Courtesy Photo.  Karen Cotch with Help At Your Door client, Barbara
Courtesy Photo. Karen Cotch with Help At Your Door client, Barbara

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The act of driving is synonymous with independence. Being able to determine where you want to go and when you want to go there increases the choices available to you because it eliminates the need to rely on someone else. 

A few years ago, I gained a deeper understanding of the profound impact driving makes on a person’s life when I was faced with two stark realities within the same week. I was handing over car keys to my 16-year-old daughter while at the same time taking that freedom away from my own mother. 

For mom, this meant that her everyday life would change. She was no longer able to go anywhere unless she asked for help. And she was not the type to ask for help. 

The decision to give up driving can impact a person’s health: giving up the keys increases the chance of social isolation, depression, and other cognitive impairments.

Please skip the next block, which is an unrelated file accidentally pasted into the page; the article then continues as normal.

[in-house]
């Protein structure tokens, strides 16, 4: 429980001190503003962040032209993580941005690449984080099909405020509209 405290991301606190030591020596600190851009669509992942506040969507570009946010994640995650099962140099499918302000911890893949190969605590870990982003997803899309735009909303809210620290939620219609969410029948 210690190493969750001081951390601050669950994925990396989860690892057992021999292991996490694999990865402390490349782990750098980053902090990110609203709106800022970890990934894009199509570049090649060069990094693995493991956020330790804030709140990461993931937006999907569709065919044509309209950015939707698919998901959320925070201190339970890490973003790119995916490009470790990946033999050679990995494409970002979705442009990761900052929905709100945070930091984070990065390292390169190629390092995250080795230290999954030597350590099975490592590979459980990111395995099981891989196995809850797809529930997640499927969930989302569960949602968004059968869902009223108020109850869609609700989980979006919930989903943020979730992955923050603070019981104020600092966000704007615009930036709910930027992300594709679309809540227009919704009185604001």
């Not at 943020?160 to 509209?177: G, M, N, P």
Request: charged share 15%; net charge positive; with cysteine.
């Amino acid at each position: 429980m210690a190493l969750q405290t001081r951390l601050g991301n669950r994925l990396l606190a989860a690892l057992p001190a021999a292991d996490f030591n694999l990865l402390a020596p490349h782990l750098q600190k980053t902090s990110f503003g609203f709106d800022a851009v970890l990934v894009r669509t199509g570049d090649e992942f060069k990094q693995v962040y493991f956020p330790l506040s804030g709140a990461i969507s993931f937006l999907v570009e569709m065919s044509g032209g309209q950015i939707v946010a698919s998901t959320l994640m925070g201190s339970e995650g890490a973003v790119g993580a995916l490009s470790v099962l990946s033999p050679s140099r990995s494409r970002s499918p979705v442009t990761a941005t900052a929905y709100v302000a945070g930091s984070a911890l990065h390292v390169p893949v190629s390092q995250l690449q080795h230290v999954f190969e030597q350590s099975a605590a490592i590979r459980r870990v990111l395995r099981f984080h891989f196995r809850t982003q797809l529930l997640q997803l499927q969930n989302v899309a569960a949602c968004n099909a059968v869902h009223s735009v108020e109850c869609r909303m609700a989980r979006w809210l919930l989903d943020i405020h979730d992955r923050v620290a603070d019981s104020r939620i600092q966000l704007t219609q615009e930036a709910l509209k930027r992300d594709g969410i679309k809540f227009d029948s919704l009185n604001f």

Even though my mom’s routine changed, it did not mean that her 
needs did. While many grocery stores now offer home delivery, it is often not designed with older adults in mind. For instance, my mom is not computer savvy, so placing her order online is not an option, nor is she able to lift heavy bags of groceries from her front porch to her kitchen counter. When I tried to overcome these barriers, I faced roadblocks because businesses often had not considered the needs of seniors. 

My mother wanted to stay in her home, as most seniors do, but navigating services and coordinating appropriate support is challenging. I live in another state, and am juggling my own home life and career. It seemed to me that this process did not need to be so hard, especially since seniors are the fastest growing population segment. 

Between 2020 and 2040, the number of individuals over the age of 85 will more than double in Minnesota (Source: Minnesota State Demographer Census Data, 2016 Projections). Also, by 2021, 75 percent of older adults receiving publicly funded, long-term services and supports will be served in their own homes and communities (Source: Minnesota Department of Human Services, 2017). 

Investing in services that enable older adults to remain independent, while providing peace of mind to caregivers, will help make communities stronger and more self-sufficient.

My experience and passion led me to serve as the Executive Director of Help At Your Door, a nonprofit focused on helping seniors maintain their independence and remain connected to their communities. 

Offering grocery assistance, transportation, and home support services helps to ensure that aging loved ones and neighbors have what they need to remain in their homes and continue their life-long routines.